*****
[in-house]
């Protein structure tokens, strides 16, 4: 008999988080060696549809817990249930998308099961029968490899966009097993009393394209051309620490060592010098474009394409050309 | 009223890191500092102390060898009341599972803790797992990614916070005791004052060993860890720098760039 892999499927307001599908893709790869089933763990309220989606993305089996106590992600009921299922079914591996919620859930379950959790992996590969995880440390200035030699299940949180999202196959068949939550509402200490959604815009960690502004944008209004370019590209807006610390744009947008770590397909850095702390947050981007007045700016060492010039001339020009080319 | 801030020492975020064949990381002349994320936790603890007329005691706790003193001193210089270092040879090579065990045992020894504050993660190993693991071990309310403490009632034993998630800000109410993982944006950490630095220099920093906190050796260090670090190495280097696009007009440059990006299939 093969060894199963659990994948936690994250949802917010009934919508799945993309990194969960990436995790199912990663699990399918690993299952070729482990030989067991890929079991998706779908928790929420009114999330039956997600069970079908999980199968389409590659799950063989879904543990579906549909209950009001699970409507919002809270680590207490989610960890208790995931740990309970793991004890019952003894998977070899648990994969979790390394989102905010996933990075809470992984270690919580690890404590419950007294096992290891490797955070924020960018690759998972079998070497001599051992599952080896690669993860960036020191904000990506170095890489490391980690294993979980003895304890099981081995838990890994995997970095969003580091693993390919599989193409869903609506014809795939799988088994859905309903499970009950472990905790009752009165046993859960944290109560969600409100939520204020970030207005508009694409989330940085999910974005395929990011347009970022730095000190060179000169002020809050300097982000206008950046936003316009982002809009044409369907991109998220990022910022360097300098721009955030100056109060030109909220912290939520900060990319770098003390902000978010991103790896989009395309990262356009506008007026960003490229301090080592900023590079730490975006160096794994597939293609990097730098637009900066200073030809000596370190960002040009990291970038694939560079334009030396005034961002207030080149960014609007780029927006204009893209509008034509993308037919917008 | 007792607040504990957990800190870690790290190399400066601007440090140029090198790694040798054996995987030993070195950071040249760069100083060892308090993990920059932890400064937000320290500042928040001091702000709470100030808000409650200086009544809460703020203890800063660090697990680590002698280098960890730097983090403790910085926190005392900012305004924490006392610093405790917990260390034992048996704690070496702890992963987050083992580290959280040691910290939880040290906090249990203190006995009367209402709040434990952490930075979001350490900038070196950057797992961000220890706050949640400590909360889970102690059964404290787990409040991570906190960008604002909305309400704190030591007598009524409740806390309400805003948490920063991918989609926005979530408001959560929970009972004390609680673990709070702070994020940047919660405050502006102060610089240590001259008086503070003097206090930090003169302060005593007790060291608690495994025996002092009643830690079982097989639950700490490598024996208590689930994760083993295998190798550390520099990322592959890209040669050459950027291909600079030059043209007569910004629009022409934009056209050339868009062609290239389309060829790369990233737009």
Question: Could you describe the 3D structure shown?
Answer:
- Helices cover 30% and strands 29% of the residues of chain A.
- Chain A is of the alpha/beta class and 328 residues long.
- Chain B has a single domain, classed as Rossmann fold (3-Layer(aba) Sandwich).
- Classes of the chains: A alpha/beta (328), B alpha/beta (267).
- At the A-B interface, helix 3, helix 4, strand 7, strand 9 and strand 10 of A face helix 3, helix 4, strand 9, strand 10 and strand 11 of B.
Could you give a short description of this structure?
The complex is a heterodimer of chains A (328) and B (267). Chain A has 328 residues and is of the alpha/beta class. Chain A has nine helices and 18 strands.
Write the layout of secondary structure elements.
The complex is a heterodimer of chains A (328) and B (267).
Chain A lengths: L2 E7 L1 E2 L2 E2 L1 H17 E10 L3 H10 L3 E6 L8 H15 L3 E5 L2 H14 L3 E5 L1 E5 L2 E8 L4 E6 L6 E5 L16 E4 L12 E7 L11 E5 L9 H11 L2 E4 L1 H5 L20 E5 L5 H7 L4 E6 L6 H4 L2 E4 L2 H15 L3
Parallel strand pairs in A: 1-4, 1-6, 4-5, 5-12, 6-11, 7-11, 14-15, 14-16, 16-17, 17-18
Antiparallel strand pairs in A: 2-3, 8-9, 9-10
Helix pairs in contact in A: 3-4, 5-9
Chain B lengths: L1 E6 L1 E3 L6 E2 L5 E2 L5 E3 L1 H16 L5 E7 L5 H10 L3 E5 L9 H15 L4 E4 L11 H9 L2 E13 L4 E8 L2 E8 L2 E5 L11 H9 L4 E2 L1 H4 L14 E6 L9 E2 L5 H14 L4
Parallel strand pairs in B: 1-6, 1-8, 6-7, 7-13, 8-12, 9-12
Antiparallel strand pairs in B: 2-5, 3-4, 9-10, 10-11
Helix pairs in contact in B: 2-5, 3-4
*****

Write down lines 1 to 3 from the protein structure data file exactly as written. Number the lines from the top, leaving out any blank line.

[in-house]
């Protein structure tokens, strides 16, 4: 008999988080060696549809817990249930998308099961029968490899966009097993009393394209051309620490060592010098474009394409050309 | 009223890191500092102390060898009341599972803790797992990614916070005791004052060993860890720098760039 892999499927307001599908893709790869089933763990309220989606993305089996106590992600009921299922079914591996919620859930379950959790992996590969995880440390200035030699299940949180999202196959068949939550509402200490959604815009960690502004944008209004370019590209807006610390744009947008770590397909850095702390947050981007007045700016060492010039001339020009080319 | 801030020492975020064949990381002349994320936790603890007329005691706790003193001193210089270092040879090579065990045992020894504050993660190993693991071990309310403490009632034993998630800000109410993982944006950490630095220099920093906190050796260090670090190495280097696009007009440059990006299939 093969060894199963659990994948936690994250949802917010009934919508799945993309990194969960990436995790199912990663699990399918690993299952070729482990030989067991890929079991998706779908928790929420009114999330039956997600069970079908999980199968389409590659799950063989879904543990579906549909209950009001699970409507919002809270680590207490989610960890208790995931740990309970793991004890019952003894998977070899648990994969979790390394989102905010996933990075809470992984270690919580690890404590419950007294096992290891490797955070924020960018690759998972079998070497001599051992599952080896690669993860960036020191904000990506170095890489490391980690294993979980003895304890099981081995838990890994995997970095969003580091693993390919599989193409869903609506014809795939799988088994859905309903499970009950472990905790009752009165046993859960944290109560969600409100939520204020970030207005508009694409989330940085999910974005395929990011347009970022730095000190060179000169002020809050300097982000206008950046936003316009982002809009044409369907991109998220990022910022360097300098721009955030100056109060030109909220912290939520900060990319770098003390902000978010991103790896989009395309990262356009506008007026960003490229301090080592900023590079730490975006160096794994597939293609990097730098637009900066200073030809000596370190960002040009990291970038694939560079334009030396005034961002207030080149960014609007780029927006204009893209509008034509993308037919917008 | 007792607040504990957990800190870690790290190399400066601007440090140029090198790694040798054996995987030993070195950071040249760069100083060892308090993990920059932890400064937000320290500042928040001091702000709470100030808000409650200086009544809460703020203890800063660090697990680590002698280098960890730097983090403790910085926190005392900012305004924490006392610093405790917990260390034992048996704690070496702890992963987050083992580290959280040691910290939880040290906090249990203190006995009367209402709040434990952490930075979001350490900038070196950057797992961000220890706050949640400590909360889970102690059964404290787990409040991570906190960008604002909305309400704190030591007598009524409740806390309400805003948490920063991918989609926005979530408001959560929970009972004390609680673990709070702070994020940047919660405050502006102060610089240590001259008086503070003097206090930090003169302060005593007790060291608690495994025996002092009643830690079982097989639950700490490598024996208590689930994760083993295998190798550390520099990322592959890209040669050459950027291909600079030059043209007569910004629009022409934009056209050339868009062609290239389309060829790369990233737009």
Question: Could you describe the 3D structure shown?